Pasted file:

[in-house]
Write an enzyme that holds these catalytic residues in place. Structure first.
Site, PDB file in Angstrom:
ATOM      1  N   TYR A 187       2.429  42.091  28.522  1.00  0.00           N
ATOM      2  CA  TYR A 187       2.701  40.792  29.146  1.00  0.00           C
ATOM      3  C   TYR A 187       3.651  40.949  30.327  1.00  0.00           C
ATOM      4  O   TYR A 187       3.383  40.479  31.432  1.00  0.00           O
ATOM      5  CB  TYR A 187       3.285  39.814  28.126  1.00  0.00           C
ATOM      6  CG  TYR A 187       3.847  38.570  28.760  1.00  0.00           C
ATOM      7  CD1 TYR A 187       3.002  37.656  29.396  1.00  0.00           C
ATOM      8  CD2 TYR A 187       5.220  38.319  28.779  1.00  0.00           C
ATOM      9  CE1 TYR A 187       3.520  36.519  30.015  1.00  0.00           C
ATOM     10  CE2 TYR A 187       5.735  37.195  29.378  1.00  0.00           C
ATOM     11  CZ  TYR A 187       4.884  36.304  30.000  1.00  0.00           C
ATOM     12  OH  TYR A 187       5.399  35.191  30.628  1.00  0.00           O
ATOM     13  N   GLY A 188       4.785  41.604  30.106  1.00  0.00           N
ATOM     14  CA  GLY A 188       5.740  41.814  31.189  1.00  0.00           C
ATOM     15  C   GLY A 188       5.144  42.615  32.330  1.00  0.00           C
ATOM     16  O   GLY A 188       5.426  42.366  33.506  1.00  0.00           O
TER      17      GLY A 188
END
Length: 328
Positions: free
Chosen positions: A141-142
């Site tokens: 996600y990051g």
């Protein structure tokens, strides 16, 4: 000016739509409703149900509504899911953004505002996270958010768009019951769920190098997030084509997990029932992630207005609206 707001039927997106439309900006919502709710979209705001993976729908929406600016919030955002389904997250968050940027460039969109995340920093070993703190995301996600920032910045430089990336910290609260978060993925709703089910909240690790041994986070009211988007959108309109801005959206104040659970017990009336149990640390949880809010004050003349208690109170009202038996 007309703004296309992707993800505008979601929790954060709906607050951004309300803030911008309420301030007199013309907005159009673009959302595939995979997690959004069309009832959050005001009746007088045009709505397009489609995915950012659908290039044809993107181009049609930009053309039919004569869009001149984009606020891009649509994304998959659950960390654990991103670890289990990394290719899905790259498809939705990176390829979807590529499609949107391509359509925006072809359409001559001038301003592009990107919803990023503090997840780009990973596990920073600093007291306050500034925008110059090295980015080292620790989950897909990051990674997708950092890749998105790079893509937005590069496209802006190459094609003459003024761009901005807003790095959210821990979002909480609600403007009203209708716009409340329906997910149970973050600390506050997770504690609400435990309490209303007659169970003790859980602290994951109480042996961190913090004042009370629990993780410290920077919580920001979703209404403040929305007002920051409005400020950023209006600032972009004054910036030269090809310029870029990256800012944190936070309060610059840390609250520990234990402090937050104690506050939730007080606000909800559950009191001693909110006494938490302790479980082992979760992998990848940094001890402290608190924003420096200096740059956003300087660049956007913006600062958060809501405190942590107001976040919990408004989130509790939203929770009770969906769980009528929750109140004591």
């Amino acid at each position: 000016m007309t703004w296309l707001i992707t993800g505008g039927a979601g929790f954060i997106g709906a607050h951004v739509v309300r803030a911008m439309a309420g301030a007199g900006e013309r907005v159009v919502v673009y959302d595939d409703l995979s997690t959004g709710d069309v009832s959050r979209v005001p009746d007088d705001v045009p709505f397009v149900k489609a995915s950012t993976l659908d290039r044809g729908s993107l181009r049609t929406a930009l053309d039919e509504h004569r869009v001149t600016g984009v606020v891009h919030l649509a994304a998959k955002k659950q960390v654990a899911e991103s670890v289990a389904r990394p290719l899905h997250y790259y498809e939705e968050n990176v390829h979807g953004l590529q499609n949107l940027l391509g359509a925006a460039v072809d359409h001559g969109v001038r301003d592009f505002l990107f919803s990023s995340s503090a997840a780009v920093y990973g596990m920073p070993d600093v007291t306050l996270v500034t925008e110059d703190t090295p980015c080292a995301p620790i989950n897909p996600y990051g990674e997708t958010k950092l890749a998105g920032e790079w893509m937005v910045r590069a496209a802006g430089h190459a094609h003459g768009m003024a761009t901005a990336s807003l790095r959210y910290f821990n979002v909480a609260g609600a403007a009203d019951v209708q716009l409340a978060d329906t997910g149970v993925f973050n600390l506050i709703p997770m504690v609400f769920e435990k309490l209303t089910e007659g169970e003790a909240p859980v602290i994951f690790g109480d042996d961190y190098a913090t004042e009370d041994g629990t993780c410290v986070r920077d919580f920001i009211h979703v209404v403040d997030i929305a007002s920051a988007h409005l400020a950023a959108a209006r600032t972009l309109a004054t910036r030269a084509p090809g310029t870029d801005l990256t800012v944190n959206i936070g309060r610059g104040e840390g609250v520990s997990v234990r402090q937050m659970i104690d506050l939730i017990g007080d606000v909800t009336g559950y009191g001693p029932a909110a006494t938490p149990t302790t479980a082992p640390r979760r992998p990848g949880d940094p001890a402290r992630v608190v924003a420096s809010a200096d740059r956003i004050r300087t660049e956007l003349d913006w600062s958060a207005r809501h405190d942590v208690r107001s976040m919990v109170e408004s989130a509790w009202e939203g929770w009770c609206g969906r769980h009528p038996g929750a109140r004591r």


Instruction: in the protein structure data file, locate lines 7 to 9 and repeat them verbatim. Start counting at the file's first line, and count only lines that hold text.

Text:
ATOM      4  O   TYR A 187       3.383  40.479  31.432  1.00  0.00           O
ATOM      5  CB  TYR A 187       3.285  39.814  28.126  1.00  0.00           C
ATOM      6  CG  TYR A 187       3.847  38.570  28.760  1.00  0.00           C